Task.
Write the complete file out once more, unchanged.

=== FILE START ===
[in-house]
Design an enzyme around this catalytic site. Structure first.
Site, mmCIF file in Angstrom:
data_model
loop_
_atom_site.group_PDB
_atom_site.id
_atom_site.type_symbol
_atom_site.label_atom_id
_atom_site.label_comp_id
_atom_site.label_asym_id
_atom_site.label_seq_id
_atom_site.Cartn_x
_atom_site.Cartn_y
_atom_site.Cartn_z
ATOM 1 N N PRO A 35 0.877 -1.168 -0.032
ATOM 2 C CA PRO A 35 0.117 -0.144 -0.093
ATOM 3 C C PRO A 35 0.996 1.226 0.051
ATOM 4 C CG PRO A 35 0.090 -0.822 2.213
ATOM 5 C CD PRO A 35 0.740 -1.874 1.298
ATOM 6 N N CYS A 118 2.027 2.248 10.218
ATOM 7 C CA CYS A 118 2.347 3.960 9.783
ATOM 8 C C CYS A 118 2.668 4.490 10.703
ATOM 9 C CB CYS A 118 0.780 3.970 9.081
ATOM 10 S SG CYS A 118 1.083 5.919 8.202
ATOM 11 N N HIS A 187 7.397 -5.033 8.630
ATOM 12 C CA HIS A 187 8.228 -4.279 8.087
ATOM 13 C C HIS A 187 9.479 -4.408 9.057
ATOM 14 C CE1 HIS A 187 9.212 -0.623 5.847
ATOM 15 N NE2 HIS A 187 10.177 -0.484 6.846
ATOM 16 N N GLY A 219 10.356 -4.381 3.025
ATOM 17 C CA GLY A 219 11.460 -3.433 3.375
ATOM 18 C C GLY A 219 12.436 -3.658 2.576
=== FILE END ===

[in-house]
Design an enzyme around this catalytic site. Structure first.
Site, mmCIF file in Angstrom:
data_model
loop_
_atom_site.group_PDB
_atom_site.id
_atom_site.type_symbol
_atom_site.label_atom_id
_atom_site.label_comp_id
_atom_site.label_asym_id
_atom_site.label_seq_id
_atom_site.Cartn_x
_atom_site.Cartn_y
_atom_site.Cartn_z
ATOM 1 N N PRO A 35 0.877 -1.168 -0.032
ATOM 2 C CA PRO A 35 0.117 -0.144 -0.093
ATOM 3 C C PRO A 35 0.996 1.226 0.051
ATOM 4 C CG PRO A 35 0.090 -0.822 2.213
ATOM 5 C CD PRO A 35 0.740 -1.874 1.298
ATOM 6 N N CYS A 118 2.027 2.248 10.218
ATOM 7 C CA CYS A 118 2.347 3.960 9.783
ATOM 8 C C CYS A 118 2.668 4.490 10.703
ATOM 9 C CB CYS A 118 0.780 3.970 9.081
ATOM 10 S SG CYS A 118 1.083 5.919 8.202
ATOM 11 N N HIS A 187 7.397 -5.033 8.630
ATOM 12 C CA HIS A 187 8.228 -4.279 8.087
ATOM 13 C C HIS A 187 9.479 -4.408 9.057
ATOM 14 C CE1 HIS A 187 9.212 -0.623 5.847
ATOM 15 N NE2 HIS A 187 10.177 -0.484 6.846
ATOM 16 N N GLY A 219 10.356 -4.381 3.025
ATOM 17 C CA GLY A 219 11.460 -3.433 3.375
ATOM 18 C C GLY A 219 12.436 -3.658 2.576